Transgender kids in Texas face challenges accessing gender affirming health care
A MARTINEZ, HOST:
Transgender kids in Texas and their families are facing new challenges accessing gender-affirming health care. Governor Greg Abbott directed Child Protective Services to investigate parents who allow this care, saying it falls under a new interpretation of child abuse. Houston Public Media's Sara Willa Ernst spoke to a family nervous they may now become targets.
SARA WILLA ERNST, BYLINE: The Texas Legislature already tried to ban transgender kids from accessing puberty blockers, hormone therapy and gender-affirming surgeries. Two bills died during last year's session. Pilar Hernandez, the mom of a 17-year-old transgender boy, was hoping her family's nightmare was over.
PILAR HERNANDEZ: So I have this fantasy that this year we'll be able to at least rest a little.
ERNST: Those bills sought to charge parents with child abuse for letting their kids access treatments that the medical community largely agrees can be lifesaving. Trans kids face higher rates of suicide, anxiety and gender dysphoria, mental health issues that have gotten better for Hernandez's son Alexander after starting testosterone a few years ago.
ALEXANDER HERNANDEZ: I feel great about it. It's one of the best things I've done for my health all around.
ERNST: Texas's top leaders are now using a different legal tactic to criminalize transition care. Instead of passing a new law, they're interpreting existing laws in a new way. The state's attorney general issued an opinion saying these treatments constitute child abuse, and then Governor Abbott directed investigations to start. Here's Abbott on "The Mark Davis Show" in December, where he improperly described gender-affirming surgery as mutilation.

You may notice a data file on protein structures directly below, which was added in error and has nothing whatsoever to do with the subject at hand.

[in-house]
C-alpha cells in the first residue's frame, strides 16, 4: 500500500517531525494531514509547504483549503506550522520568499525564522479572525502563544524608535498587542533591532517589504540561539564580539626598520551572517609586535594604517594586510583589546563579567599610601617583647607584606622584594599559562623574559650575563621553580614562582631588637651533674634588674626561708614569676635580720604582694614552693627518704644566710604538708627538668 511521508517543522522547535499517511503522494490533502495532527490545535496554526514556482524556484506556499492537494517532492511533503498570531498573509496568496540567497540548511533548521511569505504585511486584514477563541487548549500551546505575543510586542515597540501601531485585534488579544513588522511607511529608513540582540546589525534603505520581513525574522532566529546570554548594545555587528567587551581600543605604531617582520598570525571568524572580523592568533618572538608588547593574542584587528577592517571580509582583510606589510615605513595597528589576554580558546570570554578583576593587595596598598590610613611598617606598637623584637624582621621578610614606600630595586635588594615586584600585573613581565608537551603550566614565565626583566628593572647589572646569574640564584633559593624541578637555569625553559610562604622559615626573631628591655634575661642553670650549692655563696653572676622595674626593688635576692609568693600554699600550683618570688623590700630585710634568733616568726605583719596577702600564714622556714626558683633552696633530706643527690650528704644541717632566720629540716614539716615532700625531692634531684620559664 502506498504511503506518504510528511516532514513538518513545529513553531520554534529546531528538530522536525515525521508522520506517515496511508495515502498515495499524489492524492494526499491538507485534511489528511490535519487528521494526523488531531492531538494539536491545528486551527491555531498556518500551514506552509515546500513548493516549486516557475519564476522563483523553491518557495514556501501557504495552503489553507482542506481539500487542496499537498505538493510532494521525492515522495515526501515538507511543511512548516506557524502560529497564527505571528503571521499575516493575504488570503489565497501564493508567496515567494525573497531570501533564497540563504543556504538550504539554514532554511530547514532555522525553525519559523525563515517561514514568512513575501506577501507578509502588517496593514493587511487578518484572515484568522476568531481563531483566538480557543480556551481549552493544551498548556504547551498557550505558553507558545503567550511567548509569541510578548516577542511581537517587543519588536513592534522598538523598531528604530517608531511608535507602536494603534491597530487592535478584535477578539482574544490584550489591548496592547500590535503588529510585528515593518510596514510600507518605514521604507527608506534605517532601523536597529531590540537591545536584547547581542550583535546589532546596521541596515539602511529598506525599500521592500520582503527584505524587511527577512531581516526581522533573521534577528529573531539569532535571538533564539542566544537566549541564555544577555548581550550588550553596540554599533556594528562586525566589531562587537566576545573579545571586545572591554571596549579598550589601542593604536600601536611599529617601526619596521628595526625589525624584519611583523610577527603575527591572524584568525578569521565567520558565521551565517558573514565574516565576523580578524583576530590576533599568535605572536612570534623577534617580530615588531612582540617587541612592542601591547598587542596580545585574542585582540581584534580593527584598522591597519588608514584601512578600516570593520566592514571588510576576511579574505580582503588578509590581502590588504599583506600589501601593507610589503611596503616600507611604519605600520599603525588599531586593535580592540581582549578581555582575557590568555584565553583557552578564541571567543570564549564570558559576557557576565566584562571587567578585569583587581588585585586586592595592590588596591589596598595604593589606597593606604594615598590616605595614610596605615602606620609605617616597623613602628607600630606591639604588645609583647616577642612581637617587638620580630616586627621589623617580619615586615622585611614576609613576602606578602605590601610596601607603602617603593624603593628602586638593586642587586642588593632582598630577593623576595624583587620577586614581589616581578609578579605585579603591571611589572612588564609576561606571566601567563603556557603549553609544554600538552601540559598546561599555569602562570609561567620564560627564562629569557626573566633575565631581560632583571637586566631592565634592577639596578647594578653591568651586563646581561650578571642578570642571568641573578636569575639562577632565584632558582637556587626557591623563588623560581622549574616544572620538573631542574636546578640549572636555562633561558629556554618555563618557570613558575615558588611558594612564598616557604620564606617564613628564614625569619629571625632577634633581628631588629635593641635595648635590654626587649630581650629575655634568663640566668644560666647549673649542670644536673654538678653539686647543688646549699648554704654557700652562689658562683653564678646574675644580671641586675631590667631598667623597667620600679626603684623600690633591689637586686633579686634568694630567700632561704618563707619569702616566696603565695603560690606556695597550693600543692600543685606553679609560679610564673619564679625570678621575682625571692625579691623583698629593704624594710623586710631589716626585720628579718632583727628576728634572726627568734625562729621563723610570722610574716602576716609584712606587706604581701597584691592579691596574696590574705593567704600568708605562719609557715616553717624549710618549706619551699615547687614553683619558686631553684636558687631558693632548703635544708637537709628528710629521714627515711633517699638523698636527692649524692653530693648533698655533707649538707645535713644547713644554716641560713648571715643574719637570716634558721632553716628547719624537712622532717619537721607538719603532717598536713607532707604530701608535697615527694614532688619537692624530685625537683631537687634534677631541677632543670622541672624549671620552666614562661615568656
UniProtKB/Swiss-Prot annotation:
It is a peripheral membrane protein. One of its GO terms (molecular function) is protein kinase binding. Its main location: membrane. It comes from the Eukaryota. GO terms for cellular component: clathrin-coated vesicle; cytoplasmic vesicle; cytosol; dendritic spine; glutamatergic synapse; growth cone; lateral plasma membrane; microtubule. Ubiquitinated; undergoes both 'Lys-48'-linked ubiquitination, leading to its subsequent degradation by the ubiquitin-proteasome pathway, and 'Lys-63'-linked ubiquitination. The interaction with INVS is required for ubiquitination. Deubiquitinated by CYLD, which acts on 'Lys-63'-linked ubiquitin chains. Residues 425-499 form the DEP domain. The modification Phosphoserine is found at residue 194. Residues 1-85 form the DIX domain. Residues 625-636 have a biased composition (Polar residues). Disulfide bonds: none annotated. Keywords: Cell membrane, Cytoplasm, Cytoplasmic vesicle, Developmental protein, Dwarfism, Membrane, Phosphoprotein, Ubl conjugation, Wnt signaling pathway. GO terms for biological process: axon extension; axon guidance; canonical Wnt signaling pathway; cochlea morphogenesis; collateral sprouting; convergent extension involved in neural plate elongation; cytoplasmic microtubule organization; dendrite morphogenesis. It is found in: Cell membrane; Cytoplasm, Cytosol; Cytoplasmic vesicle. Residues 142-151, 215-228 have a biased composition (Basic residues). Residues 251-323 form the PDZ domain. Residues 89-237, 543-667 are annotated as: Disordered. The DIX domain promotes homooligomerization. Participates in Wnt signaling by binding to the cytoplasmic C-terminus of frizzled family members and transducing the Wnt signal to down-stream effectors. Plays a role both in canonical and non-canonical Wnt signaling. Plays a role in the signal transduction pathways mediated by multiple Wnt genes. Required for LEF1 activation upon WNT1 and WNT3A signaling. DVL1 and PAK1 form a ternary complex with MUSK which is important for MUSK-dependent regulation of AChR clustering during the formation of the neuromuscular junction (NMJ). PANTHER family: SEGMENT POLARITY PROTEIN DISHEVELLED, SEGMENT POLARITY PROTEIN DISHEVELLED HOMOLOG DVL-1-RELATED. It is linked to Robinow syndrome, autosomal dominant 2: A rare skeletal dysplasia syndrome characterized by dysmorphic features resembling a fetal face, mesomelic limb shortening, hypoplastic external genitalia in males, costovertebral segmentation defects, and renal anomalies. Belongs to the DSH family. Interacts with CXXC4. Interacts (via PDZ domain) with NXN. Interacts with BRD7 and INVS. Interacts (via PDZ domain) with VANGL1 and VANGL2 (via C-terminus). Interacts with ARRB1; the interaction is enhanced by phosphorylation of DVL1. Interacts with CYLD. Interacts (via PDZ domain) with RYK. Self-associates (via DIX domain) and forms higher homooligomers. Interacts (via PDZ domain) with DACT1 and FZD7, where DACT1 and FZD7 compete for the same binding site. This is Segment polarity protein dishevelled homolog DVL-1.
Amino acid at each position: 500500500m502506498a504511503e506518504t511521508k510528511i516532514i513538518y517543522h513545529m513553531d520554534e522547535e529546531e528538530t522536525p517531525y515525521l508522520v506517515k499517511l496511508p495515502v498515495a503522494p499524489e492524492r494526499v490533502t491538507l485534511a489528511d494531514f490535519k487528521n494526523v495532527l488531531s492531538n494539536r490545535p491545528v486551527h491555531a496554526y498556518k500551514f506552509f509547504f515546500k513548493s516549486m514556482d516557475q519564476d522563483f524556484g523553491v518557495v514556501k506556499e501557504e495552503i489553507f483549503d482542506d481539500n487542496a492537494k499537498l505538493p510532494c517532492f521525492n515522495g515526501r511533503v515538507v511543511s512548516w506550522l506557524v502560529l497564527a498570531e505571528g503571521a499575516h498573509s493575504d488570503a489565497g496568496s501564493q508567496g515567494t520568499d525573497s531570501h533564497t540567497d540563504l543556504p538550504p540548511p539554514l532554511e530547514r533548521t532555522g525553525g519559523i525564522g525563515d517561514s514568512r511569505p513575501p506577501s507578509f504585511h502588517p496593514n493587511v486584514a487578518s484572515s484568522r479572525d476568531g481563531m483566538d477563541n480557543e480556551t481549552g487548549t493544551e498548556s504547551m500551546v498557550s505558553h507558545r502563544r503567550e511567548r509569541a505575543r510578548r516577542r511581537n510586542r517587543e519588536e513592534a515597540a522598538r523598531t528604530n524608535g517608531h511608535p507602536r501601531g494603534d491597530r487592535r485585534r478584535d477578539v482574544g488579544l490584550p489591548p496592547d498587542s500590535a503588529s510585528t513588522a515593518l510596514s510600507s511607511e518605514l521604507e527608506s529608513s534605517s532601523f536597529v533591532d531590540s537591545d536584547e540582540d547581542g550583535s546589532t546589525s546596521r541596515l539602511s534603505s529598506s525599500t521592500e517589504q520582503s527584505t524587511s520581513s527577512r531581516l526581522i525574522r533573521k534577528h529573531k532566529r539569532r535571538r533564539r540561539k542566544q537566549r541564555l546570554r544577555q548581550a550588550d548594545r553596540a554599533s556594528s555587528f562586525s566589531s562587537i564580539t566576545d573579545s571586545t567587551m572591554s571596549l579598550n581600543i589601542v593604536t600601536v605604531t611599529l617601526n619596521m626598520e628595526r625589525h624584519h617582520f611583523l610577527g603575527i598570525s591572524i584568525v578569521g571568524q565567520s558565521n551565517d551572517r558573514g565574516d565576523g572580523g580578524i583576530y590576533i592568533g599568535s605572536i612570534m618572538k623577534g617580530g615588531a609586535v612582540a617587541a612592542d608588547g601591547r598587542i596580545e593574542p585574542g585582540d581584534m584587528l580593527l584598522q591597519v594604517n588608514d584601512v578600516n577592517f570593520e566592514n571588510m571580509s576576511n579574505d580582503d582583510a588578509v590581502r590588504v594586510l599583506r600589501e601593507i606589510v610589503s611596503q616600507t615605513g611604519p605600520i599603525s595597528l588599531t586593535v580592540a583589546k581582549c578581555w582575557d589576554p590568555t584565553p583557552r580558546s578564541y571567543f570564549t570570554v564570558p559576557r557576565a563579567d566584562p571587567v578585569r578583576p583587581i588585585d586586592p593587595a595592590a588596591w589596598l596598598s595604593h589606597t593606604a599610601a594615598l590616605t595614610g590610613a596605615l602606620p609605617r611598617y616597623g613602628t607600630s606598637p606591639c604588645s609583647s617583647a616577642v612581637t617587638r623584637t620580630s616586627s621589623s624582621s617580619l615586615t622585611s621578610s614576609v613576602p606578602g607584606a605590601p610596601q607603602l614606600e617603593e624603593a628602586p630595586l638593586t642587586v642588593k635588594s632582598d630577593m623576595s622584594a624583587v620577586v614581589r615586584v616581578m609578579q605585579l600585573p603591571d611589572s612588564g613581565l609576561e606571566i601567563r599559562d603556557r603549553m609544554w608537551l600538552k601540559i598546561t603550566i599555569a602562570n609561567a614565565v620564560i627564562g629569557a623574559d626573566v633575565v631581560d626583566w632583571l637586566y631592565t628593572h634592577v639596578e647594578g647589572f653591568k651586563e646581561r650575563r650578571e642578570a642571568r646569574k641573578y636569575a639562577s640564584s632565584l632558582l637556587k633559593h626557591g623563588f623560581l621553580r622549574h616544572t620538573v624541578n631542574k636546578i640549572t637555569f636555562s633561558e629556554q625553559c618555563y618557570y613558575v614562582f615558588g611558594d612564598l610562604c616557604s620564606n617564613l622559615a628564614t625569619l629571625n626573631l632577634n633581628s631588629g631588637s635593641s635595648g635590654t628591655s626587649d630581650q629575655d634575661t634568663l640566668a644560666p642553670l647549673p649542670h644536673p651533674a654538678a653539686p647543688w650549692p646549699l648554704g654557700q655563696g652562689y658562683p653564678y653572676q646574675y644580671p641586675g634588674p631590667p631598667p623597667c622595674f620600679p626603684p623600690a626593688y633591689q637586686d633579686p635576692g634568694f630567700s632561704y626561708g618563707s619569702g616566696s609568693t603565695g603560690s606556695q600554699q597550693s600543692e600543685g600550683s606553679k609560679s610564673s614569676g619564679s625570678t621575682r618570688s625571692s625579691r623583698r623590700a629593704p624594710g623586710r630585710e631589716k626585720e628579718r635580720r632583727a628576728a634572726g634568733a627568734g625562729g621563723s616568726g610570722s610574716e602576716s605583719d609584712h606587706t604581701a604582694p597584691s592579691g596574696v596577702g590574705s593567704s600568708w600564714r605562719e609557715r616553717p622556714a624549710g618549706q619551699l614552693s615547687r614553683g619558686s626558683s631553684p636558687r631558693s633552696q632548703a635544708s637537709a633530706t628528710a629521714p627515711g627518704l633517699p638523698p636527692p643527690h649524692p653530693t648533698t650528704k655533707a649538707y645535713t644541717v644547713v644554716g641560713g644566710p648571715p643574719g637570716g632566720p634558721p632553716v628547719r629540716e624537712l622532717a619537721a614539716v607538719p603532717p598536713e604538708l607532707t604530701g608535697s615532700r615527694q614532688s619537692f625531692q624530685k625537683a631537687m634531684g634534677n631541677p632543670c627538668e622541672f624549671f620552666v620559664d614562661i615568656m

(SOUNDBITE OF RADIO SHOW, "THE MARK DAVIS SHOW")
GREG ABBOTT: Any type of genital mutilation is child abuse. (Laughter) I don't think anybody can disagree with that.
ERNST: District attorneys in some of Texas's blue counties say they'll refuse to prosecute parents or clinics. For now, the AG's response is an opinion on a hypothetical situation, says Shelly Skeen, senior attorney at Lambda Legal, which advocates for LGBTQ people.
SHELLY SKEEN: It is what I'm going to call an advisory opinion about what might be the legal implications of a particular course of action. But there's no real, live people involved. You're not in a court of law.
ERNST: Alexander, who's a junior in high school, knows it's just an opinion. But he worries that trans kids, already an invisible minority, might hide even further to protect their families.
A HERNANDEZ: To be threatened with legal action and allegations of child abuse is very, very frightening. I'm also very worried for all of my trans friends. A lot of us deal with really bad depression and anxiety, and it gets significantly worsened with news like this.
ERNST: Alexander's mom says they have the means to move out of state, but that doesn't mean they want to.
P HERNANDEZ: We like Texas. It is our home. We shouldn't be able to, you know, escape. We live in a democracy. We live in a place where civil rights - they're supposed to mean something.
ERNST: Last week, Governor Abbott sent a letter to the Department of Family and Protective Services, directing the agency to begin investigating reports. A department spokesperson told the Texas Newsroom that the agency will follow the AG's interpretation of the law, but there were no pending cases as of last Monday.
For NPR News, I'm Sara Willa Ernst in Houston.
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